Next JS has become a prominent framework recently in building server-rendered React applications. It empowers you to build web applications that load instantly, keep users engaged, and thrive under heavy traffic. To obtain it, mastering Next JS best practices is the key. The characteristics of this framework, like simplicity, server-side rendering support, file-based routing, and good developer experience, made it the first choice of developers in building high-performance web applications.

With the rapid growth, identifying the best practices of Next JS is important for developers to ensure that they are building applications with optimized performance, maintainability, and scalability. This article will be a guide to discovering the best practices of Next JS that harness their full potential.

Whether you’re a beginner or an experienced developer, following these best practices is valuable for writing cleaner and more efficient code and delivering the best user experience. Therefore, let’s dig deeper into the topic.

Setting up the VS Code

First things first, you need to set up your VS Code (for all the non-geeks, VS code is where the developers code, much like a text editor, but for coding). Well, obviously, I'm not gonna tell you to download and install it. But what I want you to do is use Absolute Paths. Let me tell you why. It will let you move your components without editing a lot of code, and it will also let you see where each file originates.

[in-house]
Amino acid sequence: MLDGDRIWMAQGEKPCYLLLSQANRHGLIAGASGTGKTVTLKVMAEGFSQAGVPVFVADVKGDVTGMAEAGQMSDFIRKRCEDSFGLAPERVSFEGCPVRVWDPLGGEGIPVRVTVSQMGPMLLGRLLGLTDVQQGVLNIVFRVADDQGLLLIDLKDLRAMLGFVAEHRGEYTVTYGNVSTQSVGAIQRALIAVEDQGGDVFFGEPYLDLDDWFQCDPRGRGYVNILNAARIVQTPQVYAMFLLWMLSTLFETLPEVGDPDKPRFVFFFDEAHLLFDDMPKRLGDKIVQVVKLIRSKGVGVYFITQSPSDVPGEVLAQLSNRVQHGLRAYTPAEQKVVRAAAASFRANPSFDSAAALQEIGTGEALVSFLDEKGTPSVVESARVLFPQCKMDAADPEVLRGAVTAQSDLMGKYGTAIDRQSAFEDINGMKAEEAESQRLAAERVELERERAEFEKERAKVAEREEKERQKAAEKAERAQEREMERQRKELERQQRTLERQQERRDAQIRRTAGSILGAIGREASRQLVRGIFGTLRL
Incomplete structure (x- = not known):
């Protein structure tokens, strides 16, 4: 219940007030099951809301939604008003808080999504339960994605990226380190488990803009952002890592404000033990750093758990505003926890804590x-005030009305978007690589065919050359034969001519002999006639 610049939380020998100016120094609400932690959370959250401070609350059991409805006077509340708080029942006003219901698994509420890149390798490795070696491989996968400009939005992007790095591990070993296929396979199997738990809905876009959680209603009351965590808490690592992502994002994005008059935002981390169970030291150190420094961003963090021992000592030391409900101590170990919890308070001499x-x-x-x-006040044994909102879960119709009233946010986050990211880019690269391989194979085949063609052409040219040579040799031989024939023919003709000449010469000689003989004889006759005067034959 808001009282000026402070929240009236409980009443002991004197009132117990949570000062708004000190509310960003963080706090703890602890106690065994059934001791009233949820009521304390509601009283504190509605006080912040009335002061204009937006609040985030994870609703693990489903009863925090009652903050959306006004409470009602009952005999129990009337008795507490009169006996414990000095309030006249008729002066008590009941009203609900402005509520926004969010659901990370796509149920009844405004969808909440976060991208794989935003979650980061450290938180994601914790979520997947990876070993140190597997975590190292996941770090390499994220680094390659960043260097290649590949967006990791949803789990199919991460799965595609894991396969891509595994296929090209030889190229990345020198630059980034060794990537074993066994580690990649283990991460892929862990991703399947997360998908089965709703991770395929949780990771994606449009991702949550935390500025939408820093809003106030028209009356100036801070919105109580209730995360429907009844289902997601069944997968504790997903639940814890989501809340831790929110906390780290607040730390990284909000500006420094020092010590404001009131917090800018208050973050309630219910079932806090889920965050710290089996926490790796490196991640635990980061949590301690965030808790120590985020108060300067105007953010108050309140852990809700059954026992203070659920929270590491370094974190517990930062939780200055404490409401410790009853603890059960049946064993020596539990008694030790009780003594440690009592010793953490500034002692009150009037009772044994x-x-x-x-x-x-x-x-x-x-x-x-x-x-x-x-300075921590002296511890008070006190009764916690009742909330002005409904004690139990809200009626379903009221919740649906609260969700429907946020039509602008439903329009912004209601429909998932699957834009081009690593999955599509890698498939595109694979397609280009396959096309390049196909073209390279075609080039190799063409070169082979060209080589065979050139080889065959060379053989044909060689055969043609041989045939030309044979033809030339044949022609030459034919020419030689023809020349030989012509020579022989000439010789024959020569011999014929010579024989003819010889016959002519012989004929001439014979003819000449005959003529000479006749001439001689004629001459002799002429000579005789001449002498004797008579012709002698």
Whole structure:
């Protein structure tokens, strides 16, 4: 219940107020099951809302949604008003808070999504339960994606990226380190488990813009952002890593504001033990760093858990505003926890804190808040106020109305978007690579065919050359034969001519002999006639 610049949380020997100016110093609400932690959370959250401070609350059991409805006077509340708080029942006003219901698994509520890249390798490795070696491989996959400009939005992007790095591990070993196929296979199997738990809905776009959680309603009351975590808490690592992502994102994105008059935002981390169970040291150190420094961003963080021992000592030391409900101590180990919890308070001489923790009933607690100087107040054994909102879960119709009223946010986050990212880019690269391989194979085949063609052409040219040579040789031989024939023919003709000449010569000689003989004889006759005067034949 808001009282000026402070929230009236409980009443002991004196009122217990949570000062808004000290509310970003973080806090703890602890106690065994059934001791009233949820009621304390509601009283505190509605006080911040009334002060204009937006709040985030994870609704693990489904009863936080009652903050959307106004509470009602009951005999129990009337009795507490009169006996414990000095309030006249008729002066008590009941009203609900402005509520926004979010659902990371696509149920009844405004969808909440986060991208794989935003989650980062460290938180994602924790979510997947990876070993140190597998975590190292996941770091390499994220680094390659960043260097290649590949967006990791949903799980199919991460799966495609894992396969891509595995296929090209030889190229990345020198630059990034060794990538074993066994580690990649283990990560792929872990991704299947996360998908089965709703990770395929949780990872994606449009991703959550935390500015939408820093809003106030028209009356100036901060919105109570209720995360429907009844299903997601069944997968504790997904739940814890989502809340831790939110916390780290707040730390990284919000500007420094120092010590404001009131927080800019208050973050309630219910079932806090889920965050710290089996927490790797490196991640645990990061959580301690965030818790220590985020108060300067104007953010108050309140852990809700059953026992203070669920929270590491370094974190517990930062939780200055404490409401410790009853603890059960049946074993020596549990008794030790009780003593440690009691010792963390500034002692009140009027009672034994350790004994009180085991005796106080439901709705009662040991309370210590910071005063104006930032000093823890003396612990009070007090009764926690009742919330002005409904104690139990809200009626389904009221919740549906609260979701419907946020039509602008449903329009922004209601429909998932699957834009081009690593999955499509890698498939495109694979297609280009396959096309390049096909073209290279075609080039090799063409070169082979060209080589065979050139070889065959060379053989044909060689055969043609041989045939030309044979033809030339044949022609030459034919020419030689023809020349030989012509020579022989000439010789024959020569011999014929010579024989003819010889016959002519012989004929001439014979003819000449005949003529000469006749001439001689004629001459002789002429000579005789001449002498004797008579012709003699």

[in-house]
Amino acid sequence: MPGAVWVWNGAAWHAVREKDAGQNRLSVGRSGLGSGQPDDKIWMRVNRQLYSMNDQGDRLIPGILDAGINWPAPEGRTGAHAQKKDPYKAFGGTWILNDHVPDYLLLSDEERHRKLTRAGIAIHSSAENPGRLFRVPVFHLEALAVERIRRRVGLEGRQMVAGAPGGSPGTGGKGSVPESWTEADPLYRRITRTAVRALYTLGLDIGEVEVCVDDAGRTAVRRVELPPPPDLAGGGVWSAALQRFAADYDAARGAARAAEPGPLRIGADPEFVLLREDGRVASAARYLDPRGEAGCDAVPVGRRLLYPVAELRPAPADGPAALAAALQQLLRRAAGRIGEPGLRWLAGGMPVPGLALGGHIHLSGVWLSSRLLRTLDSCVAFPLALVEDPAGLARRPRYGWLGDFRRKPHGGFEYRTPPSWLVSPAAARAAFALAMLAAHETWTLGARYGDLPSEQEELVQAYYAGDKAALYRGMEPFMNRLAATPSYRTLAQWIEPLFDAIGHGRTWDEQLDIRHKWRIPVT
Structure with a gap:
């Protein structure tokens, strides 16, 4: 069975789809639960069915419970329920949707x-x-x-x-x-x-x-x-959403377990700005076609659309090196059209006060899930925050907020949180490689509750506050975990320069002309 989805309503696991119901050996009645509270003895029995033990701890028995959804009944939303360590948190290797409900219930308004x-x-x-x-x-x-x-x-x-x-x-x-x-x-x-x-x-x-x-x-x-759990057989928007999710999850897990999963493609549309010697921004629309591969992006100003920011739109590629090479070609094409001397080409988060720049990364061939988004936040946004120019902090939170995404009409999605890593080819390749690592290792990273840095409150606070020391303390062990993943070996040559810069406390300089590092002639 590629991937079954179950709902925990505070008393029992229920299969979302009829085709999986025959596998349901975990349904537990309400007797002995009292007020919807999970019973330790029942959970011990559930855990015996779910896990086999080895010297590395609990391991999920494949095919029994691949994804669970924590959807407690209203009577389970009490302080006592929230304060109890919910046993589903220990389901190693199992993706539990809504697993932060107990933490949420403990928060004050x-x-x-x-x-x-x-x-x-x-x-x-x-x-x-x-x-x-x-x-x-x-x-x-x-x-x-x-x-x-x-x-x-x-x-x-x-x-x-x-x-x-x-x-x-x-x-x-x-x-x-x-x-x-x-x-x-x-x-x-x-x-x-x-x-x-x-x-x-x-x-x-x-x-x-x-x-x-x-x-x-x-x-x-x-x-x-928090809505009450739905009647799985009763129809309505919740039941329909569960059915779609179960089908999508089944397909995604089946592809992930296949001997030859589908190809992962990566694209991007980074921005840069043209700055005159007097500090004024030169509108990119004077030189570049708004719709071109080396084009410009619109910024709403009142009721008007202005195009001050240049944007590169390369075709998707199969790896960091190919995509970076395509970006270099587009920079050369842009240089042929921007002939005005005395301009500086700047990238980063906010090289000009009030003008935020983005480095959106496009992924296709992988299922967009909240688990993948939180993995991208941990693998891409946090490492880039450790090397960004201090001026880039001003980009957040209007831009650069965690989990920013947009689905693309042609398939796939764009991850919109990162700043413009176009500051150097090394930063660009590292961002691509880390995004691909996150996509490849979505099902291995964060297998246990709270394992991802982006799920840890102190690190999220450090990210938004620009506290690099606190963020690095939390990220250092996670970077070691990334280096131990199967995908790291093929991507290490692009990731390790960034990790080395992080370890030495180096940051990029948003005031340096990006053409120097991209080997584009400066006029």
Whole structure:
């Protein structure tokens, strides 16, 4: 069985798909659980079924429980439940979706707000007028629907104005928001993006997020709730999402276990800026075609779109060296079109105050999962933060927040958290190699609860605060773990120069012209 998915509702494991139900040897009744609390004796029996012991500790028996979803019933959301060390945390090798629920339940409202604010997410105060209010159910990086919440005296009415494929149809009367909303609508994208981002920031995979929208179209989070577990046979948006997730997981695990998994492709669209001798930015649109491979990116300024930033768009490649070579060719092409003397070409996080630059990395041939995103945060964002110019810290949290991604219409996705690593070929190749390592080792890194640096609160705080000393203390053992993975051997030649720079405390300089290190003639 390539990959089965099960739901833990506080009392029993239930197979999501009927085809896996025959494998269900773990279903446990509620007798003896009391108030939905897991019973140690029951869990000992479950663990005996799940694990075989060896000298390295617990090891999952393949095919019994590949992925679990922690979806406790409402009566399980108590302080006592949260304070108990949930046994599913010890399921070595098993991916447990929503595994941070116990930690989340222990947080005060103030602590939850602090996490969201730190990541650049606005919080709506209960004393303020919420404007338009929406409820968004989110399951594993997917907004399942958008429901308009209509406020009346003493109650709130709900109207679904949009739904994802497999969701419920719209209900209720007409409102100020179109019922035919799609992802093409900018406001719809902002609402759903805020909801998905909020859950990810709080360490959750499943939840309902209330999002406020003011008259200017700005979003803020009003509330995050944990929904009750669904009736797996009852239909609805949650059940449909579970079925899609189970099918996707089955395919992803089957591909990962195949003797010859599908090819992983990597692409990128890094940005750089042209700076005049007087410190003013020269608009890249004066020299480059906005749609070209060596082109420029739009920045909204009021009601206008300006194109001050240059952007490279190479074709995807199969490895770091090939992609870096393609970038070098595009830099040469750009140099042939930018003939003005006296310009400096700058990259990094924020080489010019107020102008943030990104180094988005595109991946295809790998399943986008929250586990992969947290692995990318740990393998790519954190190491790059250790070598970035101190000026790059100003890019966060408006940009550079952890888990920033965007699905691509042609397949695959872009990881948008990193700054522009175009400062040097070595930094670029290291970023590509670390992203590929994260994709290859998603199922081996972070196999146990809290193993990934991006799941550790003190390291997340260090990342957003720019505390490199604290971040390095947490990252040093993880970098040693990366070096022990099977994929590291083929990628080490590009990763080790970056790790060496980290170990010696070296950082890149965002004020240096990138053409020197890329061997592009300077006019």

Use Absolute Paths

Flexibility is the key to your project's structure. Therefore, using absolute paths lets you move components without editing a lot of code. You can also easily see where each file originates. Through below code snippet below, you can see how to use absolute paths in the installation.

// Relative paths
import Input from '../../../modules/common/components/Input'

// Absolute paths
import Input from '@modules/common/components/Input'

The tsconfig.json file will look like this

"baseUrl": "./app",
"paths": {
	"@components/*": ["./components/*"],
	"@assets/*": ["./assets/*"],
    "@hooks/*": ["./hooks/*"],
    "@styles/*": ["./styles/*"],
    "@service/*": ["./service/*"],
    "@constants/*": ["./utils/constants/*"],
    "@helpers/*": ["./utils/helpers/*"],
    "@type/*": ["./utils/types/*"]

Next Js Folder Structure

The second important part is maintaining the Next JS folder structure. Better file organization will help you maintain the project easily without wasting time. In your project, organize React components into folders for each module. New components are stored in their respective module folders. Using an index.js file in each component folder simplifies imports and avoids repetition. You can import components as import Input from 'components/Input' instead of lengthy paths. Remember to keep the component file named for clarity when working with multiple files.